The injuries of feminization of the migration process

For a long time until now, women have been exposed to injury and dangers such as domestic violence, sexual violence, less presence in sensitive jobs, migration, and less access to education and adequate health. In this study, an attempt will be made to evaluate the effect of immigration on women in recent years.
5 September 2023
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Massoumeh Seif Afjei

For a long time until now, women have been exposed to injury and dangers such as domestic violence, sexual violence, less presence in sensitive jobs, migration, and less access to education and adequate health. In this study, an attempt will be made to evaluate the effect of immigration on women in recent years.

Human migration has existed for hundreds of thousands of years and has depended on several factors. The most important one is based on war, poverty, disease, political issues, lack of food, natural disasters, unemployment, and lack of security. The second reason can be the favorable conditions and factors that attract the destination of migration, such as more health facilities, better education, more income, better housing, political freedoms, and a better environment.

In today's latest statistics and a review of the migration situation, the UN global report in this regard indicates that in 2020, there were about 281 million international migrants in the world, which was equivalent to 3.6% of the total world population. It is estimated that the number of international migrants has increased over the past five decades. The 281 million people living in a country other than their country of birth in 2020 has increased by 128 million since the 1990s and more than tripled since the 1970s.

According to the same UN report, between 2000 and 2020, Asia experienced the largest growth of immigrants, with 74% (about 37 million people), and Europe, with an increase of 30 million international immigrants, experienced the second-largest growth of immigrants in this period. North America, with 18 million international migrants, and Africa, with 10 million migrants, are ranked next.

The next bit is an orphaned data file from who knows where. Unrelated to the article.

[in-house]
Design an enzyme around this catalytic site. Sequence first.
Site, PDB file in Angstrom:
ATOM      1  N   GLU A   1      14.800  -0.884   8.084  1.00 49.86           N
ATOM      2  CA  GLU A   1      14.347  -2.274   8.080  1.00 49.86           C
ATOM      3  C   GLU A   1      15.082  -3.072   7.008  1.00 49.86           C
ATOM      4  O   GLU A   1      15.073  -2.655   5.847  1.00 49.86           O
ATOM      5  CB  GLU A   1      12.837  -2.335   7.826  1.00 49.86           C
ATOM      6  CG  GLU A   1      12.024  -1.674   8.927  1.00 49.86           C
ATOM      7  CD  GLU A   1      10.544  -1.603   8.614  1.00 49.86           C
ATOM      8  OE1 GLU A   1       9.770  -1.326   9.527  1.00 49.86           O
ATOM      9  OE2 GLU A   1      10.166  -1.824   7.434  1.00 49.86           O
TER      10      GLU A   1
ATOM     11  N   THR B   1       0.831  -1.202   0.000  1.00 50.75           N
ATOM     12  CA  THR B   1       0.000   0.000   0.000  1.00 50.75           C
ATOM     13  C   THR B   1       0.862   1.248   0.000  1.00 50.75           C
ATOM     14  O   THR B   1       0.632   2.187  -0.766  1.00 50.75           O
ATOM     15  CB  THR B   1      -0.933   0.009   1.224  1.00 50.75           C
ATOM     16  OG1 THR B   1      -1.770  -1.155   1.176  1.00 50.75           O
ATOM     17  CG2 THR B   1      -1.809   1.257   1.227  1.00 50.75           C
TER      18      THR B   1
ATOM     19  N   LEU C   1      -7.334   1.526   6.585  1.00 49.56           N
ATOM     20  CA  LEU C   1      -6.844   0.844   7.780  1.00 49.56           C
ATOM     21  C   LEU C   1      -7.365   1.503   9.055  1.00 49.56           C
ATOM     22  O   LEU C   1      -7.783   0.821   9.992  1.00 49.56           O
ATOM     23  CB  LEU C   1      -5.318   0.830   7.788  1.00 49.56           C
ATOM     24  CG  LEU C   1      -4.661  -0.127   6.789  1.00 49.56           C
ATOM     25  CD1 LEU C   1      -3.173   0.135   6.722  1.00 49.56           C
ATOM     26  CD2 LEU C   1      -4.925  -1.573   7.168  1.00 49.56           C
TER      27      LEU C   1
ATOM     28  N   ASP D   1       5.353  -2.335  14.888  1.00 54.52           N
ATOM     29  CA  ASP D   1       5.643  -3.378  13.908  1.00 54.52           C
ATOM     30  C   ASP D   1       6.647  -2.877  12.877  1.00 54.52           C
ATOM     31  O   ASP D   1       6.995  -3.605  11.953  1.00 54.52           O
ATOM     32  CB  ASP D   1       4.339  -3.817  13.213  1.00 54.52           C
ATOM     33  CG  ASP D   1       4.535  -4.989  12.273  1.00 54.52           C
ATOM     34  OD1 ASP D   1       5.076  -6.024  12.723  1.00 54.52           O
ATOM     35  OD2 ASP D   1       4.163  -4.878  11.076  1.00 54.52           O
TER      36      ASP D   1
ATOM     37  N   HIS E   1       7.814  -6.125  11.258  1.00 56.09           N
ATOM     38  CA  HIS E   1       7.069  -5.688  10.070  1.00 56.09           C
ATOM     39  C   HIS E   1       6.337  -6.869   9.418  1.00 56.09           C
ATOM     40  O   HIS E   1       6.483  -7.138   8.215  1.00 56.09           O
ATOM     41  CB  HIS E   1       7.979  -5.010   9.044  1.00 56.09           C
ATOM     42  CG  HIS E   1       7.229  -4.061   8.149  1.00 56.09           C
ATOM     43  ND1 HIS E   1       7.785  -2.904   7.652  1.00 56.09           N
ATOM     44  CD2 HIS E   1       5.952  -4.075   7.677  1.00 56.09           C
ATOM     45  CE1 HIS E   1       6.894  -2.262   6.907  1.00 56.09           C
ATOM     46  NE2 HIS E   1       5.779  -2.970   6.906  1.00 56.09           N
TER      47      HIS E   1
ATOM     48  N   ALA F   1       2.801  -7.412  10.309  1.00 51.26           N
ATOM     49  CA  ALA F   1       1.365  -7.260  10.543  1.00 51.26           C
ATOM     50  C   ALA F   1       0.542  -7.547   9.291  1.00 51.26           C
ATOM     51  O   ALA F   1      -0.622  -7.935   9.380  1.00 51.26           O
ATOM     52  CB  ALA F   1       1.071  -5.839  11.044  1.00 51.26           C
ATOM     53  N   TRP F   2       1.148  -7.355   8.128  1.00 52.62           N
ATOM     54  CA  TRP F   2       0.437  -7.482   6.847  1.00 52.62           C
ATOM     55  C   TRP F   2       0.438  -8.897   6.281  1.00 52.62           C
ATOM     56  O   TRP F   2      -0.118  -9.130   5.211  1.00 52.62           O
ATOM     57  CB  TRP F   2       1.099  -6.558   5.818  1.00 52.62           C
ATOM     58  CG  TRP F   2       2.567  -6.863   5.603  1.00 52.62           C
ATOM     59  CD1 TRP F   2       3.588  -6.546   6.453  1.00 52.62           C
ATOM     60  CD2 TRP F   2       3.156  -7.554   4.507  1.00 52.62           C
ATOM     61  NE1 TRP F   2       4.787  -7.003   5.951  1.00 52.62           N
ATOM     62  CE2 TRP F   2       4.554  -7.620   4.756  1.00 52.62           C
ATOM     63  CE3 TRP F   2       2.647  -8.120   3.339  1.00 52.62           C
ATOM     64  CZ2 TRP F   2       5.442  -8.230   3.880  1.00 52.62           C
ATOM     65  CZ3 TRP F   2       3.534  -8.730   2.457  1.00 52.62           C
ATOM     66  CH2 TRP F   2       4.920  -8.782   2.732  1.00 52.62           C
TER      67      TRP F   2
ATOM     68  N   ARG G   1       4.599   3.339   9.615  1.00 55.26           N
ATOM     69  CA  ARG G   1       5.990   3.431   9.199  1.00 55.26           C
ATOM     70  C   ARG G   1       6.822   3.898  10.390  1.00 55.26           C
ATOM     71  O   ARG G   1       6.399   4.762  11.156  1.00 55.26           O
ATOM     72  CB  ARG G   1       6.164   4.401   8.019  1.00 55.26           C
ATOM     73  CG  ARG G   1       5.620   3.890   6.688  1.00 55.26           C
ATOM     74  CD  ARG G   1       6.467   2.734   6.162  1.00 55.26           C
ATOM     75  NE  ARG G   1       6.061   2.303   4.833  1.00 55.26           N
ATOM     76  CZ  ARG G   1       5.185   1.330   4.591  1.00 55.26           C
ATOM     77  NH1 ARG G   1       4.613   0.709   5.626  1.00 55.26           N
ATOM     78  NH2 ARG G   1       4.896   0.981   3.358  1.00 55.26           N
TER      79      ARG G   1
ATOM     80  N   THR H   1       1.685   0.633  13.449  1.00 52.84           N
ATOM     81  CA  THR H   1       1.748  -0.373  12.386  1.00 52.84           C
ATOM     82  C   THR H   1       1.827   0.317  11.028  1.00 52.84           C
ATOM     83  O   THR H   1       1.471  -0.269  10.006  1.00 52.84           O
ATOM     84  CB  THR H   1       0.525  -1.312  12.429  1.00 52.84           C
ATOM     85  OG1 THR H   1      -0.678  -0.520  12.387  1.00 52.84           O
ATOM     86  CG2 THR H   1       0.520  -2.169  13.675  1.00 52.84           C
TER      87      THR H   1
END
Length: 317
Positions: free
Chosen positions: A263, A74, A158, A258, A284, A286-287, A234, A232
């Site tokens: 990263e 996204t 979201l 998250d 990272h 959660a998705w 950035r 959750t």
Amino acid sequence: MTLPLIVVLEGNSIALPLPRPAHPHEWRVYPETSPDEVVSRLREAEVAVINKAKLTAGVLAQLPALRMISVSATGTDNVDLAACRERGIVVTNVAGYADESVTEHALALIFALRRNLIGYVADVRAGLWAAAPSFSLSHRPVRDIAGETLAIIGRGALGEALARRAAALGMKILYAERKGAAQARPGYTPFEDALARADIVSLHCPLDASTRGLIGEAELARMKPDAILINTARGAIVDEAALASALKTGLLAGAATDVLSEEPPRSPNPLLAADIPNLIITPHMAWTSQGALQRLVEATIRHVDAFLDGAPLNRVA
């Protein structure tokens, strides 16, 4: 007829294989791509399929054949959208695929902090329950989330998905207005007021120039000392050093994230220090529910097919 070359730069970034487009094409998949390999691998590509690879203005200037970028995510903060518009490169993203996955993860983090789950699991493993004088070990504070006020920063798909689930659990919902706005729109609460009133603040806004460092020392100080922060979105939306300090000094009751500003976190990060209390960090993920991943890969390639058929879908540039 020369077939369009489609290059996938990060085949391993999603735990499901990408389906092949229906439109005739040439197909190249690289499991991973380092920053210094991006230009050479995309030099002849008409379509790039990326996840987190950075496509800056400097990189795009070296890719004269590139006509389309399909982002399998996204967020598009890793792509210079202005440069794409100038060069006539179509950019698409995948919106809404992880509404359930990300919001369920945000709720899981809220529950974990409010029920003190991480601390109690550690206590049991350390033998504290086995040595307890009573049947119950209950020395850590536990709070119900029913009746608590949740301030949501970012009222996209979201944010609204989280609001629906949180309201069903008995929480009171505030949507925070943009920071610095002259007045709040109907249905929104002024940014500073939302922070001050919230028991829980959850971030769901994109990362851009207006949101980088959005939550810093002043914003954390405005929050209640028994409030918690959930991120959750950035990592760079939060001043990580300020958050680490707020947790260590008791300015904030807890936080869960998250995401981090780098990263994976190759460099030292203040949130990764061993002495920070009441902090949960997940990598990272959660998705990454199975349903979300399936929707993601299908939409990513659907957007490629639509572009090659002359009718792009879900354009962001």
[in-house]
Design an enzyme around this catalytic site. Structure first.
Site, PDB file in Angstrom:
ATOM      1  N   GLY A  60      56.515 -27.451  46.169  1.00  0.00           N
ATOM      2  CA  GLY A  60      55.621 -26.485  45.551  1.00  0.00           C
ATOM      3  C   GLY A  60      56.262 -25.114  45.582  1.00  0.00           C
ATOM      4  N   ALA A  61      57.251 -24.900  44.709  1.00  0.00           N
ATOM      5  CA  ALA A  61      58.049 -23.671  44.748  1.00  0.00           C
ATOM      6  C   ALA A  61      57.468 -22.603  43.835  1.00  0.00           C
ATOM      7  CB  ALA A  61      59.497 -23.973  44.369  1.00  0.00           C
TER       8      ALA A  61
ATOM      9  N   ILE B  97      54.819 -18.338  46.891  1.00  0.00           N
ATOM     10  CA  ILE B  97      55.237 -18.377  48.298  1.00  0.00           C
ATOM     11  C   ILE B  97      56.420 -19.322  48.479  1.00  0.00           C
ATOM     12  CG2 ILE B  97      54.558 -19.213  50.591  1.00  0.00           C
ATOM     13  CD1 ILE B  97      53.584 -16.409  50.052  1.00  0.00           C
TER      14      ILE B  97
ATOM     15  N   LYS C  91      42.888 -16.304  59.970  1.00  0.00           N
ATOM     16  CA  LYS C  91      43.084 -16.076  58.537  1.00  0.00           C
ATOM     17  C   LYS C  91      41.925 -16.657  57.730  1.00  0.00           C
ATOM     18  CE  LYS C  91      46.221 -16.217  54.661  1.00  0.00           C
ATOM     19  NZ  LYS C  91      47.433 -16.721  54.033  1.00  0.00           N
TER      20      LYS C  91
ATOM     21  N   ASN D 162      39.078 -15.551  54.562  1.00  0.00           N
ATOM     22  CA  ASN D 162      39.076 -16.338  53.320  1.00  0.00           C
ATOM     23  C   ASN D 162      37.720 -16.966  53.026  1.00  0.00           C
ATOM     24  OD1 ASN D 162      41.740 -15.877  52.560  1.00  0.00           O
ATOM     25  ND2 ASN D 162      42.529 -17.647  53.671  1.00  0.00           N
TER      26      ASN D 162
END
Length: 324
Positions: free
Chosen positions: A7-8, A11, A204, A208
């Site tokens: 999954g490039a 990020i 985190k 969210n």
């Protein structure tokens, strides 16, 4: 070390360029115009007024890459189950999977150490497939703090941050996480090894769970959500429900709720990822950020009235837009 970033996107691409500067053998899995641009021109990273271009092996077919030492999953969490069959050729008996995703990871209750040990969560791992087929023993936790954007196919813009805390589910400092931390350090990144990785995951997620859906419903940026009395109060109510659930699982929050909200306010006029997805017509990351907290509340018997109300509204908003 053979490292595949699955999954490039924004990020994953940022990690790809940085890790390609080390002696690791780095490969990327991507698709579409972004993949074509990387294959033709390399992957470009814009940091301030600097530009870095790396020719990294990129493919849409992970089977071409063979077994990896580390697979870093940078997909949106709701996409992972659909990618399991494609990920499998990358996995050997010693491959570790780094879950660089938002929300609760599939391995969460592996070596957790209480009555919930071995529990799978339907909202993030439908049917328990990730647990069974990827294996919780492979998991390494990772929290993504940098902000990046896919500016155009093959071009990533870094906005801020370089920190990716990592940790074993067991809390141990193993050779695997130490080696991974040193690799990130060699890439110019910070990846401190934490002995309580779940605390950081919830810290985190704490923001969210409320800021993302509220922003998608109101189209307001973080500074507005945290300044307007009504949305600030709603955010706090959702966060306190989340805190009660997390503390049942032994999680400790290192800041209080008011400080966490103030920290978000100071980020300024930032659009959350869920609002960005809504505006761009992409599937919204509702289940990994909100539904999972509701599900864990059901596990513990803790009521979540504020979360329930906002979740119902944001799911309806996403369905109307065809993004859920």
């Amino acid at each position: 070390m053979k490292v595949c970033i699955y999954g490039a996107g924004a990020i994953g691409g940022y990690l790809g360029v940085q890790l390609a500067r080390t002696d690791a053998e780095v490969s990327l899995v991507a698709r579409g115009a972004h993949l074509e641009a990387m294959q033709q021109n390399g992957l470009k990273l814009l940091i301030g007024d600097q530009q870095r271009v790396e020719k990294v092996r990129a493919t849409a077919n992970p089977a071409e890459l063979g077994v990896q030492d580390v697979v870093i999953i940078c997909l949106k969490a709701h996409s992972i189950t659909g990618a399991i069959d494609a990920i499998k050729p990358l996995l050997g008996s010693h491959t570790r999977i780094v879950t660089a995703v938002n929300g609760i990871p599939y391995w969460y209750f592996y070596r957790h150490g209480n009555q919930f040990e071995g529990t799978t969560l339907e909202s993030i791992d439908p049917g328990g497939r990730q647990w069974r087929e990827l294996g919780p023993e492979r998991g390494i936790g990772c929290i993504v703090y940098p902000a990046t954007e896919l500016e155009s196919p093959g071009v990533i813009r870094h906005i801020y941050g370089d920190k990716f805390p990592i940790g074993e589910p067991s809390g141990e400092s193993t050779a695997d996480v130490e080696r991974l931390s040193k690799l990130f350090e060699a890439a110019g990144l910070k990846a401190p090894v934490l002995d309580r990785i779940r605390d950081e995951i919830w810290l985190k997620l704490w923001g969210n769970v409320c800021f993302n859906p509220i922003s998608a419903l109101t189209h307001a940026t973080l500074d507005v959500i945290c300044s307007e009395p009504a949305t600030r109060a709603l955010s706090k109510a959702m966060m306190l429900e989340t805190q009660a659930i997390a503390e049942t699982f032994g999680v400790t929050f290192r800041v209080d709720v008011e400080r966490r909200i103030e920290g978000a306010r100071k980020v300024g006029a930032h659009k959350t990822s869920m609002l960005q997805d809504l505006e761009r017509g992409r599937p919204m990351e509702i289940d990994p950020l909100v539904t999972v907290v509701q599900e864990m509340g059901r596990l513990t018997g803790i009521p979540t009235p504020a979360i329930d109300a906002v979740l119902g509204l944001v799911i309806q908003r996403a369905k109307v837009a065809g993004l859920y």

Feminization of migration

Since all immigrants do not have the citizenship of the host country, they are vulnerable to human rights violations, and when they enter a country, regardless of whether their entry is legal or illegal, they see their rights being ignored compared to the nationals of that country.

The most important feature of migration in the new era, which has become known as the era of migration, is the feminization of migration. The feminization of migration has quantitative and qualitative dimensions. In the quantitative dimension, it means the increase of women's presence in the migration flows, and in the qualitative dimension, it means that women are not just secondary migrants, but they have an active role and an independent presence in the migration process.

Psychologist Hoffman believes that in patriarchal societies, the number of female immigrants is less, and in contrast to countries where women have more independence, they migrate more. In this way, migration is a gendered process because the reasons, ways, patterns, and consequences of migration are different for men and women. The feminization of migration is related to social changes, especially to the outbreak of war in the origin country, with the aim of finding security and the labor market in the destination country. Therefore, women increasingly migrate internationally with or without their husbands. Some young women and girls immigrate in order to escape the control of their families or due to forced early marriage. Gender norms may lead women and girls to migrate. These cases are more evident among African and Southeast Asian girls. Although immigrant women may earn more than their country, they experience discrimination, exploitation, low wages, social isolation, and stress in some parts of the labor market.

Some believe that immigration can improve the independence, human capital, self-esteem, and empowerment of women in the family and society, change traditional norms, and introduce them to fairer social norms and women's rights, providing more access to resources and, economic jobs, and educational opportunities. When immigrant women return to their homes or homeland, most of them have gained independence, skills, and expertise.